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Chicken pox - everything you need to know

Chickenpox

Worried it’s chicken pox? Understand the causes, symptoms and treatment with our expert overview of the condition

What is chicken pox?

Chicken pox is a common childhood illness that features a rash of itchy red spots that turn into fluid filled blisters and eventually form scabs and drop off. Some children have just a few spots while others are covered in them. It is caused by the varicella zoster virus, is most common in children under 10 and is easily spread in nurseries and schools. It is often confused with measles which has slightly different symptoms.

Although chicken pox is common, it can leave your little one feeling rather uncomfortable with itchy red spots. They usually clear up in a week or so, but it can be dangerous for some people, including pregnant women, newborn babies and those with a weakened immune system. Ninety per cent of adults are immune to chicken pox because they’ve already had it as a child but if you do have it as an adult the symptoms can be more severe.

What are the symptoms of chicken pox?

Before the spots appear many children have mild flu-like symptoms including: 

  • a headache 
  • a temperature 
  • feeling sick
  • aching muscles
  • clusters of small itchy red spots commonly behind the ears, on the face, scalp, chest, belly, arms and legs though they can appear anywhere - even in the mouth.

The spots quickly become blisters and are at their itchiest 12-14 hours after they appear. New spots appear in waves for three to five days. They generally clear up within a week or two of scabbing over. It's worth noting, your little one is contagious until all the blisters have scabbed over, which is normally five to six days after the rash first appeared.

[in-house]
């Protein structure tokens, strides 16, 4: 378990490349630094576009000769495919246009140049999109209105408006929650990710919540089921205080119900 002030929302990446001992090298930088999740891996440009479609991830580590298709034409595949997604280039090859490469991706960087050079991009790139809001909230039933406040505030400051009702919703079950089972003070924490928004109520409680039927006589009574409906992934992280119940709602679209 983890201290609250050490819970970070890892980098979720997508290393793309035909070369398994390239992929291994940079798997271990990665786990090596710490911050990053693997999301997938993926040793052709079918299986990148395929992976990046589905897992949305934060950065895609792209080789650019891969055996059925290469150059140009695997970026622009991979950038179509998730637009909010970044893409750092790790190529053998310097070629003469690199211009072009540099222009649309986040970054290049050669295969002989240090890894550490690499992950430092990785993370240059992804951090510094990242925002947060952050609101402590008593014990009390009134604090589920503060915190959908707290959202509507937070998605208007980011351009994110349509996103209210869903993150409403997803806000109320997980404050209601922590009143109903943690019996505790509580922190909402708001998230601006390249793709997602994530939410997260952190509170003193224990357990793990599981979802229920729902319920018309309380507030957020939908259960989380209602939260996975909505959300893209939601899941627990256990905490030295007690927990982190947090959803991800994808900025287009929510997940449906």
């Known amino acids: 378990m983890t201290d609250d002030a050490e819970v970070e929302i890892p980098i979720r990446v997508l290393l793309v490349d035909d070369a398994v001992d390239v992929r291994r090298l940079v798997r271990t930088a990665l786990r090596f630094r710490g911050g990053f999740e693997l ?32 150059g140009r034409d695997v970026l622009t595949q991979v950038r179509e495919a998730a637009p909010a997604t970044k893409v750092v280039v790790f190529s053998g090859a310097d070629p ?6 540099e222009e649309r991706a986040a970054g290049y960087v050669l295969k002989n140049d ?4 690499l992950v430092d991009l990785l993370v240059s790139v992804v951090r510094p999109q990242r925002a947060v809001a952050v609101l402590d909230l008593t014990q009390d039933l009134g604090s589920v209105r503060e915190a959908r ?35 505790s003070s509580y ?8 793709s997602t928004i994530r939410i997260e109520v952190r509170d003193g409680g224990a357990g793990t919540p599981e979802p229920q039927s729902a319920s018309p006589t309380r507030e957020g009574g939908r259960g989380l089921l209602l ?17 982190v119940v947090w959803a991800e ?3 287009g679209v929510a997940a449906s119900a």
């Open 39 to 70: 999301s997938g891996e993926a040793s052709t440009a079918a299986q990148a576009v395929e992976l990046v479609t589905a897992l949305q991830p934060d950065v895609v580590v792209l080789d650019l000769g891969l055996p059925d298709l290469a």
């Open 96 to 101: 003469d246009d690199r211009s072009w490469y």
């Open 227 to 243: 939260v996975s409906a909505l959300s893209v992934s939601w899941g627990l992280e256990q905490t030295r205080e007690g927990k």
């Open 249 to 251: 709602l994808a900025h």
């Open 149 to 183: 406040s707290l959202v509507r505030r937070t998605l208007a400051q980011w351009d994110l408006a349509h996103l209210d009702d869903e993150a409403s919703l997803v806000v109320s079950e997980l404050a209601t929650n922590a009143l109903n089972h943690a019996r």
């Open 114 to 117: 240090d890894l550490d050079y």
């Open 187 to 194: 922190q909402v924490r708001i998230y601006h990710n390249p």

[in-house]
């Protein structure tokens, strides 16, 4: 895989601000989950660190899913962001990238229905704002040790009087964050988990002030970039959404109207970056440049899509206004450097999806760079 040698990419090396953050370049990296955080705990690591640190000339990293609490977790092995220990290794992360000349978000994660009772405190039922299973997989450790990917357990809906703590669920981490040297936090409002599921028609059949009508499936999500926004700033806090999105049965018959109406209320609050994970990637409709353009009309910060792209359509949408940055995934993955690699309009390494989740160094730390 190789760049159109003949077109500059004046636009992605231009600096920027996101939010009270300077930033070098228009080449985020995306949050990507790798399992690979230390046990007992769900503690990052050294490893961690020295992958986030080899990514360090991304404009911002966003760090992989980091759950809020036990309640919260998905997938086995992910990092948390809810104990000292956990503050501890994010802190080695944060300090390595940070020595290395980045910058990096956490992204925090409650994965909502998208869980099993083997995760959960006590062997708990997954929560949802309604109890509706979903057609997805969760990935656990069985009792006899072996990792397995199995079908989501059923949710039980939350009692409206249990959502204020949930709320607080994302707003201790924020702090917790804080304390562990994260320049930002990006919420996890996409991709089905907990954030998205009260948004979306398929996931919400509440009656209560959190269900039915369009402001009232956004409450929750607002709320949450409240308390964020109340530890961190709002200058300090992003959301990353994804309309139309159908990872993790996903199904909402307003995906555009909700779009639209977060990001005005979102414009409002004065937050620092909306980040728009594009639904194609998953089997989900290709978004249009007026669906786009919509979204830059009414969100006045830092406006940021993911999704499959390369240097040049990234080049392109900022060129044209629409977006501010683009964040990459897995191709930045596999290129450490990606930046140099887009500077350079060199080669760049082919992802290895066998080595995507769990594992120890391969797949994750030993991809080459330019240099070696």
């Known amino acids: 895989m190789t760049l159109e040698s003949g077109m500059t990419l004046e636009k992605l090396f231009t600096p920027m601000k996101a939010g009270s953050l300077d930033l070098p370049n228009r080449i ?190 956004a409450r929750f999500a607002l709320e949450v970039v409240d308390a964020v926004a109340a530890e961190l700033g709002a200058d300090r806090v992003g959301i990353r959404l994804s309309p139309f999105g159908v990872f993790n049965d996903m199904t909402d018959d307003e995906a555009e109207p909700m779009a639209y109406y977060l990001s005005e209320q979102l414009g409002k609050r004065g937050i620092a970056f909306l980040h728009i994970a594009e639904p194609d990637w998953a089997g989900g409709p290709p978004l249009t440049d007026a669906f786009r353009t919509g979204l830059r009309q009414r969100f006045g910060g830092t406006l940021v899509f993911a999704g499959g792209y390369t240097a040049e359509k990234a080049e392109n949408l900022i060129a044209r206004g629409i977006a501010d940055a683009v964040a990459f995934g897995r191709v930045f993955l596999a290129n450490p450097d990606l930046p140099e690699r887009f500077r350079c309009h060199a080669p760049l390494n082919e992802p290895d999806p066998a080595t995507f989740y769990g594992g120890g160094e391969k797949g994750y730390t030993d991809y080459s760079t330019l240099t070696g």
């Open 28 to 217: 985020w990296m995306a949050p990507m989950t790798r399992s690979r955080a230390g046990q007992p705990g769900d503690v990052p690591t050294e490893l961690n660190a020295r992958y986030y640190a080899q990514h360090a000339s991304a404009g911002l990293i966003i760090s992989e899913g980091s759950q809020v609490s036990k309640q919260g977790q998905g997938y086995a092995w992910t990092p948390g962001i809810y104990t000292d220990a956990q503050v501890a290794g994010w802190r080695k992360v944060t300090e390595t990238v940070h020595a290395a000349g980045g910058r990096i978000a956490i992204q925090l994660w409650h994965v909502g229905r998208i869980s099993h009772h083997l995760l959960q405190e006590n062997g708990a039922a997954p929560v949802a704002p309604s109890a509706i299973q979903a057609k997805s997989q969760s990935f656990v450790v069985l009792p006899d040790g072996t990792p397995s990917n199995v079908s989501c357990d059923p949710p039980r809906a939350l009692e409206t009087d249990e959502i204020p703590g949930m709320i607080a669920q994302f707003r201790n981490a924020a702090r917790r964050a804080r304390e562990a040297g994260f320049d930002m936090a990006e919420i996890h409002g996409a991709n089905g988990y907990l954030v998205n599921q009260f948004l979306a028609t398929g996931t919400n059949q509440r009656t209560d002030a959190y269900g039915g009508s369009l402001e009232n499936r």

The virus that causes chicken pox lays dormant in your body’s nerve tissues and can return in later life as shingles. It is possible to catch chicken pox from someone who has shingles but not the other way round. 

What causes chicken pox?

Chickenpox is caused by a virus called varicella-zoster (varicella is the medical name for chickenpox). If your baby hasn’t already had chicken pox, there’s a 90% chance of her getting it if she comes in contact with the infection.

This contagious bug is sneezed and breathed around, just like the common cold. It takes seven to 21 days for the symptoms of chickenpox to show after your baby comes 
into contact with the virus. 

You can also catch chicken pox from: 

  • touching a contaminated surface
  • touching contaminated bedding or toys (which is why it is so common for all of your children to suffer with chicken pox at the same time) 
  • touching the chicken pox or shingles rash 
  • face-to-face contact with an infected person 
  • being in the same room as someone with chicken pox for more than 15 minutes 

What can you do if your child has chicken pox?

Call your GP so the infection can be noted on your child’s medical records, but don’t take her to the surgery – chickenpox is highly infectious, so unless your baby is severely unwell, your GP will probably ask you to treat your baby at home. Your baby will be infectious from around two days before the rash appears. 


When it comes to treating the chicken pox and helping your baby feel more comfortable, try the following: 

  • Use paracetomol to relieve fever and discomfort. The NHS urges parents NOT to use medications containing ibuprofen as these can make those suffering with chicken pox feel much worse.